Work attitudes of older RNs

Christine T. Kovner, Carol S. Brewer, Cheng Ying Cheng, Maja Djukic

Research output: Contribution to journalArticlepeer-review


Using data collected from 1,906 RNs from Metropolitan Statistical Areas in 29 states, the purpose of this study was to examine the characteristics and work attitudes of older RNs compared to RNs less than age 50 at two time periods, and compare among the older RNs those who are working in nursing, working outside nursing, and not working. Older RNs reported more distributive justice (fairness of rewards), work group cohesion, and supervisory support and less organizational constraint, and quantitative workload than younger RNs. Overall, older RNs were more satisfied, had greater organizational commitment, and had less desire to quit than younger RNs. There were no significant differences between older and younger RNs for autonomy, mentor support, or variety. Strategic efforts by employers and government could be used to retain older workers, attract RNs working in nonnursing settings back into nursing, and recruit retired RNs into the nursing workforce.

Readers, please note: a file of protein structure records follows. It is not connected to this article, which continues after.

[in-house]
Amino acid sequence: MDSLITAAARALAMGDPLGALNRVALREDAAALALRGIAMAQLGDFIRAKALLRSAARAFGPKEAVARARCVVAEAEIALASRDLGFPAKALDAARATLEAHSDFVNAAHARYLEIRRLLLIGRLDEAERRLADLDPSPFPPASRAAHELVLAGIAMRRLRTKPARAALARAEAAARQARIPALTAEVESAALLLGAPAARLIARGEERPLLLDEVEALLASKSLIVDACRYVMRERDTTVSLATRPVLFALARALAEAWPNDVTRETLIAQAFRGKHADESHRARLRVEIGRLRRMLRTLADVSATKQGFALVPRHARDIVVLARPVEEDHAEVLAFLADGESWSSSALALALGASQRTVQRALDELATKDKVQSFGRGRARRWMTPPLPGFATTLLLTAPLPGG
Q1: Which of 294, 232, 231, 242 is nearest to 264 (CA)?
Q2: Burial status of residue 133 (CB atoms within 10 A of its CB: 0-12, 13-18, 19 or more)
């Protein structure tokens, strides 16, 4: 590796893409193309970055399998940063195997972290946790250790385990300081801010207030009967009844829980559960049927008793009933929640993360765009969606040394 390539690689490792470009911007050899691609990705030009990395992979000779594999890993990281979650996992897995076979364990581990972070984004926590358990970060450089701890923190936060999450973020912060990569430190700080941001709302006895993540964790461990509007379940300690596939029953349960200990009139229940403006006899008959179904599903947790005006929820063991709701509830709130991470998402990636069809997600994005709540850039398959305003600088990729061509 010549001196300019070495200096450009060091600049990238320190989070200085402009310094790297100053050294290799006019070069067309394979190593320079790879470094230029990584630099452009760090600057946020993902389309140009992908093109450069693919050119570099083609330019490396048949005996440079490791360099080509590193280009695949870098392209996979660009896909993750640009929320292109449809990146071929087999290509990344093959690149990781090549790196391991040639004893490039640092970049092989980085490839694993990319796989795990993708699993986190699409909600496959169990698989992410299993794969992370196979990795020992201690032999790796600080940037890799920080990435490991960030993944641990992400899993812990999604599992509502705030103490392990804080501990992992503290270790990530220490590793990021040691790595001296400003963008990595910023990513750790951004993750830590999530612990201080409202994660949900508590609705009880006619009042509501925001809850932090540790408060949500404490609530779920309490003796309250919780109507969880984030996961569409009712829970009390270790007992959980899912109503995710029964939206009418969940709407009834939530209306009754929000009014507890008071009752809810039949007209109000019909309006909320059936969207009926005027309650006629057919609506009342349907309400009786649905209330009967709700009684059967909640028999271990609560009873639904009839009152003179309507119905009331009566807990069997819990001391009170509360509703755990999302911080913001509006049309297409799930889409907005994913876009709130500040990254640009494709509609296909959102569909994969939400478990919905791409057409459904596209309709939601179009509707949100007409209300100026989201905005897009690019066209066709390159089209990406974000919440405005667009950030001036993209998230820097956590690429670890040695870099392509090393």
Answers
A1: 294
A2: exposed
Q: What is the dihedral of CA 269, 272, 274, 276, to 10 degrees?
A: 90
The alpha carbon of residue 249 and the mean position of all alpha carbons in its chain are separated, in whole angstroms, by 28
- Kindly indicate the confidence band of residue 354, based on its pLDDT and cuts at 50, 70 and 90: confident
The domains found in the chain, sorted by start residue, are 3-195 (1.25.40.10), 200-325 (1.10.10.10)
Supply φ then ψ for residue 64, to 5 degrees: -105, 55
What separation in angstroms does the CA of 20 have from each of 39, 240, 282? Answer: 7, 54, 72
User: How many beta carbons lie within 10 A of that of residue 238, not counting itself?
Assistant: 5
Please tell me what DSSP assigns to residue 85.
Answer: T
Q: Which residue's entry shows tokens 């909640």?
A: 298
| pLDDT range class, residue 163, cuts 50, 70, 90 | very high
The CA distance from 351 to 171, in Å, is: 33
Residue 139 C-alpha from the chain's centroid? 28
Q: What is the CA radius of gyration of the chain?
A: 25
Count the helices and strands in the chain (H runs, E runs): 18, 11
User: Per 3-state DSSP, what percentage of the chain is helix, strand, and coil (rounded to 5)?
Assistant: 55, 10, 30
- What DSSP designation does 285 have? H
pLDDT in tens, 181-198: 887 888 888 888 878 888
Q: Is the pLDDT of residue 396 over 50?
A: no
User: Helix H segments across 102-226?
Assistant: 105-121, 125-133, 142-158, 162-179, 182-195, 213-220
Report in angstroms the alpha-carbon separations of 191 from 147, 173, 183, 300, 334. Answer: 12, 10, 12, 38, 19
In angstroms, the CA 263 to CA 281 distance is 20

Original languageEnglish (US)
Pages (from-to)107-119
Number of pages13
JournalPolicy, Politics, and Nursing Practice
Issue number2
StatePublished - May 2007


  • Nursing shortage
  • Older RNs
  • Supply of RNs

ASJC Scopus subject areas

  • Leadership and Management
  • Issues, ethics and legal aspects


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